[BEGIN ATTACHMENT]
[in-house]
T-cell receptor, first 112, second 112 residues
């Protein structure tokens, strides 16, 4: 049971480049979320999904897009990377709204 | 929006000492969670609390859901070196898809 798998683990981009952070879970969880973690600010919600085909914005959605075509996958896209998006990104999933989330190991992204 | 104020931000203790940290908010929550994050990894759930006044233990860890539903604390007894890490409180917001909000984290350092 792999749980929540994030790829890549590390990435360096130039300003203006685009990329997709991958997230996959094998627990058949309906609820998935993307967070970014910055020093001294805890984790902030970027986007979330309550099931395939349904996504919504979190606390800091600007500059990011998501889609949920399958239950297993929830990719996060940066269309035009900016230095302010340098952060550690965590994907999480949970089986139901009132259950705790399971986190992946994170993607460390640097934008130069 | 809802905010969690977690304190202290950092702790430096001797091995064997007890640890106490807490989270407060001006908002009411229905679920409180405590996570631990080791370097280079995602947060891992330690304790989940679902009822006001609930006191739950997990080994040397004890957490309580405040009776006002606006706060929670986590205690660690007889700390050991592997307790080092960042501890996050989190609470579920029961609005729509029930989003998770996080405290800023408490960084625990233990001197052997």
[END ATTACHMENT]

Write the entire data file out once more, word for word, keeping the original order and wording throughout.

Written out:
[in-house]
T-cell receptor, first 112, second 112 residues
């Protein structure tokens, strides 16, 4: 049971480049979320999904897009990377709204 | 929006000492969670609390859901070196898809 798998683990981009952070879970969880973690600010919600085909914005959605075509996958896209998006990104999933989330190991992204 | 104020931000203790940290908010929550994050990894759930006044233990860890539903604390007894890490409180917001909000984290350092 792999749980929540994030790829890549590390990435360096130039300003203006685009990329997709991958997230996959094998627990058949309906609820998935993307967070970014910055020093001294805890984790902030970027986007979330309550099931395939349904996504919504979190606390800091600007500059990011998501889609949920399958239950297993929830990719996060940066269309035009900016230095302010340098952060550690965590994907999480949970089986139901009132259950705790399971986190992946994170993607460390640097934008130069 | 809802905010969690977690304190202290950092702790430096001797091995064997007890640890106490807490989270407060001006908002009411229905679920409180405590996570631990080791370097280079995602947060891992330690304790989940679902009822006001609930006191739950997990080994040397004890957490309580405040009776006002606006706060929670986590205690660690007889700390050991592997307790080092960042501890996050989190609470579920029961609005729509029930989003998770996080405290800023408490960084625990233990001197052997």